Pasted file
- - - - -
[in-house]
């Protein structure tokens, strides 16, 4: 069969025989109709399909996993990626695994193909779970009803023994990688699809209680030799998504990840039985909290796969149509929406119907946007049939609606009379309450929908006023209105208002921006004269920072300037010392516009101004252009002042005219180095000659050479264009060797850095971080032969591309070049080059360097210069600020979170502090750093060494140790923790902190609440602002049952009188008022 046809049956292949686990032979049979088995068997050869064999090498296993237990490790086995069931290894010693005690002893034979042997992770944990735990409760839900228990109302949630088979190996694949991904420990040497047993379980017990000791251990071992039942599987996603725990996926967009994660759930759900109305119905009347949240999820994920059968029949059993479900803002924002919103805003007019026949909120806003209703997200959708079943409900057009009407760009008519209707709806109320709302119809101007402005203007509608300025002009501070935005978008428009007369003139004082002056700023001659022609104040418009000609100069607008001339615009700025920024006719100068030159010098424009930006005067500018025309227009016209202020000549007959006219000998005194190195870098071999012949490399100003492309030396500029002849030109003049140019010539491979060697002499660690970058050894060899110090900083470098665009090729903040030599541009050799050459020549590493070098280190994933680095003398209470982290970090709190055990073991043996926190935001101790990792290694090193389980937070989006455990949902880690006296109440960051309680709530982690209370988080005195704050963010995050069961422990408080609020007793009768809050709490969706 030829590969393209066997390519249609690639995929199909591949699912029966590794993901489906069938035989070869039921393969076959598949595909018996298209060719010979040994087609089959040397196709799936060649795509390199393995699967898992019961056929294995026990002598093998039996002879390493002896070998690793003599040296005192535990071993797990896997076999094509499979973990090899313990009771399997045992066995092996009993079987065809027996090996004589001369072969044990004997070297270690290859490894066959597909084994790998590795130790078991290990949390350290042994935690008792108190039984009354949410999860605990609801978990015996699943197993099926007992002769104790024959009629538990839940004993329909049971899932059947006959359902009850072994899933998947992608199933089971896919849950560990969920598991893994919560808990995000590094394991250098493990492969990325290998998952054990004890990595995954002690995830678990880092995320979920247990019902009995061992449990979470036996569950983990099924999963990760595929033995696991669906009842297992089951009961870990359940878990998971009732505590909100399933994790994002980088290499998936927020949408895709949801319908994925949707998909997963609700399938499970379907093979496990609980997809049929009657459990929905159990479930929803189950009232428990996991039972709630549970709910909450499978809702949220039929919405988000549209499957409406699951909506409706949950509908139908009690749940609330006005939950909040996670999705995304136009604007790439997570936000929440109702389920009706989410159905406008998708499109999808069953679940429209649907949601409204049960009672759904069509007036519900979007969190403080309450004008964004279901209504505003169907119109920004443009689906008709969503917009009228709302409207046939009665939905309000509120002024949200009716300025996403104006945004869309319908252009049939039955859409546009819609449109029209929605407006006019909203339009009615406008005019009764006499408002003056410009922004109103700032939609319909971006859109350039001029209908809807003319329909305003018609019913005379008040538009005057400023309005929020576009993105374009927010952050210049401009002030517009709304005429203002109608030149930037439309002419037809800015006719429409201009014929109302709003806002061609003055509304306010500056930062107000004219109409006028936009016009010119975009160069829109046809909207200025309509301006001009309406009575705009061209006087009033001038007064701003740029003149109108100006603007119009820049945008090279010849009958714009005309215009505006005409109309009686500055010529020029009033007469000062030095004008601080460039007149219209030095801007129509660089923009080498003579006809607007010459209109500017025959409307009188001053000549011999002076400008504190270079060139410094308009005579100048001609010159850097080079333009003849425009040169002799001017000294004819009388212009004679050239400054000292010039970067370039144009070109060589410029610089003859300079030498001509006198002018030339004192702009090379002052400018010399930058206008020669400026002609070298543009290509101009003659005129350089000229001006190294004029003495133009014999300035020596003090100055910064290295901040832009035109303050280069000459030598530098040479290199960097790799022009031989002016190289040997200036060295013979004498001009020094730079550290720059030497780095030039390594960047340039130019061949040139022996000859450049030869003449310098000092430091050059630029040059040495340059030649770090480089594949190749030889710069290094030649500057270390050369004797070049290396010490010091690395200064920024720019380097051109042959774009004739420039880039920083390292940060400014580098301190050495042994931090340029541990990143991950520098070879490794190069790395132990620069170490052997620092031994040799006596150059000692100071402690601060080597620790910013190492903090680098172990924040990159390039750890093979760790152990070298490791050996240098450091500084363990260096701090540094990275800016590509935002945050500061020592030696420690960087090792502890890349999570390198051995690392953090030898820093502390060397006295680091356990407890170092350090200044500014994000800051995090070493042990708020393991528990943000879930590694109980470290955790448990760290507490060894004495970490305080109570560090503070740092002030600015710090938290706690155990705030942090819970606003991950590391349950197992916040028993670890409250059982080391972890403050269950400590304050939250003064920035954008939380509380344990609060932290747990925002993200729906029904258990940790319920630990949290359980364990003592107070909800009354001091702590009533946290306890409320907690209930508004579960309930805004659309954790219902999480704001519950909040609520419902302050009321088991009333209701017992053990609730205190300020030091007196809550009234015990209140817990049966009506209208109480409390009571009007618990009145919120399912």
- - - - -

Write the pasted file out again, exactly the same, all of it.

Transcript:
[in-house]
């Protein structure tokens, strides 16, 4: 069969025989109709399909996993990626695994193909779970009803023994990688699809209680030799998504990840039985909290796969149509929406119907946007049939609606009379309450929908006023209105208002921006004269920072300037010392516009101004252009002042005219180095000659050479264009060797850095971080032969591309070049080059360097210069600020979170502090750093060494140790923790902190609440602002049952009188008022 046809049956292949686990032979049979088995068997050869064999090498296993237990490790086995069931290894010693005690002893034979042997992770944990735990409760839900228990109302949630088979190996694949991904420990040497047993379980017990000791251990071992039942599987996603725990996926967009994660759930759900109305119905009347949240999820994920059968029949059993479900803002924002919103805003007019026949909120806003209703997200959708079943409900057009009407760009008519209707709806109320709302119809101007402005203007509608300025002009501070935005978008428009007369003139004082002056700023001659022609104040418009000609100069607008001339615009700025920024006719100068030159010098424009930006005067500018025309227009016209202020000549007959006219000998005194190195870098071999012949490399100003492309030396500029002849030109003049140019010539491979060697002499660690970058050894060899110090900083470098665009090729903040030599541009050799050459020549590493070098280190994933680095003398209470982290970090709190055990073991043996926190935001101790990792290694090193389980937070989006455990949902880690006296109440960051309680709530982690209370988080005195704050963010995050069961422990408080609020007793009768809050709490969706 030829590969393209066997390519249609690639995929199909591949699912029966590794993901489906069938035989070869039921393969076959598949595909018996298209060719010979040994087609089959040397196709799936060649795509390199393995699967898992019961056929294995026990002598093998039996002879390493002896070998690793003599040296005192535990071993797990896997076999094509499979973990090899313990009771399997045992066995092996009993079987065809027996090996004589001369072969044990004997070297270690290859490894066959597909084994790998590795130790078991290990949390350290042994935690008792108190039984009354949410999860605990609801978990015996699943197993099926007992002769104790024959009629538990839940004993329909049971899932059947006959359902009850072994899933998947992608199933089971896919849950560990969920598991893994919560808990995000590094394991250098493990492969990325290998998952054990004890990595995954002690995830678990880092995320979920247990019902009995061992449990979470036996569950983990099924999963990760595929033995696991669906009842297992089951009961870990359940878990998971009732505590909100399933994790994002980088290499998936927020949408895709949801319908994925949707998909997963609700399938499970379907093979496990609980997809049929009657459990929905159990479930929803189950009232428990996991039972709630549970709910909450499978809702949220039929919405988000549209499957409406699951909506409706949950509908139908009690749940609330006005939950909040996670999705995304136009604007790439997570936000929440109702389920009706989410159905406008998708499109999808069953679940429209649907949601409204049960009672759904069509007036519900979007969190403080309450004008964004279901209504505003169907119109920004443009689906008709969503917009009228709302409207046939009665939905309000509120002024949200009716300025996403104006945004869309319908252009049939039955859409546009819609449109029209929605407006006019909203339009009615406008005019009764006499408002003056410009922004109103700032939609319909971006859109350039001029209908809807003319329909305003018609019913005379008040538009005057400023309005929020576009993105374009927010952050210049401009002030517009709304005429203002109608030149930037439309002419037809800015006719429409201009014929109302709003806002061609003055509304306010500056930062107000004219109409006028936009016009010119975009160069829109046809909207200025309509301006001009309406009575705009061209006087009033001038007064701003740029003149109108100006603007119009820049945008090279010849009958714009005309215009505006005409109309009686500055010529020029009033007469000062030095004008601080460039007149219209030095801007129509660089923009080498003579006809607007010459209109500017025959409307009188001053000549011999002076400008504190270079060139410094308009005579100048001609010159850097080079333009003849425009040169002799001017000294004819009388212009004679050239400054000292010039970067370039144009070109060589410029610089003859300079030498001509006198002018030339004192702009090379002052400018010399930058206008020669400026002609070298543009290509101009003659005129350089000229001006190294004029003495133009014999300035020596003090100055910064290295901040832009035109303050280069000459030598530098040479290199960097790799022009031989002016190289040997200036060295013979004498001009020094730079550290720059030497780095030039390594960047340039130019061949040139022996000859450049030869003449310098000092430091050059630029040059040495340059030649770090480089594949190749030889710069290094030649500057270390050369004797070049290396010490010091690395200064920024720019380097051109042959774009004739420039880039920083390292940060400014580098301190050495042994931090340029541990990143991950520098070879490794190069790395132990620069170490052997620092031994040799006596150059000692100071402690601060080597620790910013190492903090680098172990924040990159390039750890093979760790152990070298490791050996240098450091500084363990260096701090540094990275800016590509935002945050500061020592030696420690960087090792502890890349999570390198051995690392953090030898820093502390060397006295680091356990407890170092350090200044500014994000800051995090070493042990708020393991528990943000879930590694109980470290955790448990760290507490060894004495970490305080109570560090503070740092002030600015710090938290706690155990705030942090819970606003991950590391349950197992916040028993670890409250059982080391972890403050269950400590304050939250003064920035954008939380509380344990609060932290747990925002993200729906029904258990940790319920630990949290359980364990003592107070909800009354001091702590009533946290306890409320907690209930508004579960309930805004659309954790219902999480704001519950909040609520419902302050009321088991009333209701017992053990609730205190300020030091007196809550009234015990209140817990049966009506209208109480409390009571009007618990009145919120399912």